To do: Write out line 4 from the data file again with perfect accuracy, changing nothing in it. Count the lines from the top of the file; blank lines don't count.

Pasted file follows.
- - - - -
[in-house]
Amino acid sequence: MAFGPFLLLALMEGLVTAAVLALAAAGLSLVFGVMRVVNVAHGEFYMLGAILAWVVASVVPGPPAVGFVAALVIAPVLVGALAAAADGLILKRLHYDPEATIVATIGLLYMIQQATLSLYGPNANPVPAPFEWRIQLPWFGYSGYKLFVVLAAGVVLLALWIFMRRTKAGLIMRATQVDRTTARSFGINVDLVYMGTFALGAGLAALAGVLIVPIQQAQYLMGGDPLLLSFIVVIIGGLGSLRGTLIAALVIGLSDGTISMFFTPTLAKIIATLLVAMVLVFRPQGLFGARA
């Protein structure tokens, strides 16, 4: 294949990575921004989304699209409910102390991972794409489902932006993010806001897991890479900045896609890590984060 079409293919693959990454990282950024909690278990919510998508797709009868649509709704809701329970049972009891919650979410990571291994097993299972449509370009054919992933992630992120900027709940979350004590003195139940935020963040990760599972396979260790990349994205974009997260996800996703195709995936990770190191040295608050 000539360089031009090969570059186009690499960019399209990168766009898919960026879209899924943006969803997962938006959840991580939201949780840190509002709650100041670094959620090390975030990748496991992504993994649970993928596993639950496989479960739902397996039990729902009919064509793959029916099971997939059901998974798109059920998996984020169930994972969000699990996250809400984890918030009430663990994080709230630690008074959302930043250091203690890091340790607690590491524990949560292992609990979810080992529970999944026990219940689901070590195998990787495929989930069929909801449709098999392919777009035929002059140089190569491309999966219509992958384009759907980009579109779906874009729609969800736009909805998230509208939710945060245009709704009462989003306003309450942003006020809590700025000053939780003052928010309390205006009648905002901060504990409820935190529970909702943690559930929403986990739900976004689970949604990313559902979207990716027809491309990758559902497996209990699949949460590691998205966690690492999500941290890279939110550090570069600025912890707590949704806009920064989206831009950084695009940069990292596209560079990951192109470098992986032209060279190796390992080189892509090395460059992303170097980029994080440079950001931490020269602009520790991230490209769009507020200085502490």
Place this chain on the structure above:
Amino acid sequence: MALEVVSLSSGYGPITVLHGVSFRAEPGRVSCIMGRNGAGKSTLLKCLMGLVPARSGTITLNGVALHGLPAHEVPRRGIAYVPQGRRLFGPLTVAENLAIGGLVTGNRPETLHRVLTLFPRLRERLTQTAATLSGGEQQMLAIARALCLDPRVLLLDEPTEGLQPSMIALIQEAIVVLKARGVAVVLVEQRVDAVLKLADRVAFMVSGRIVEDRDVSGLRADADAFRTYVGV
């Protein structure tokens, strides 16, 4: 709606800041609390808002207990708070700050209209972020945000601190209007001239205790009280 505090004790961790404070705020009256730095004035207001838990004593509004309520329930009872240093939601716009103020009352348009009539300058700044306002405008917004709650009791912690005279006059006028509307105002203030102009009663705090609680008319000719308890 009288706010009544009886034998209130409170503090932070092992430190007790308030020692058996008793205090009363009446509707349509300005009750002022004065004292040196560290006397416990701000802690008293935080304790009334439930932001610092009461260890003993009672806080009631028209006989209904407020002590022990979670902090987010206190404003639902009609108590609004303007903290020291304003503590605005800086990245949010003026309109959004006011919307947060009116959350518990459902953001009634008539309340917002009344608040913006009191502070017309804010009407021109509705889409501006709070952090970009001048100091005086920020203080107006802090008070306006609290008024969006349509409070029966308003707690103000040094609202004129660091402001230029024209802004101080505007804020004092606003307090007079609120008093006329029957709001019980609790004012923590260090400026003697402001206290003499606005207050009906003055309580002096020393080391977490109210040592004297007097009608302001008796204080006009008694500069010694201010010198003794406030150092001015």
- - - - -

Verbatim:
Place this chain on the structure above: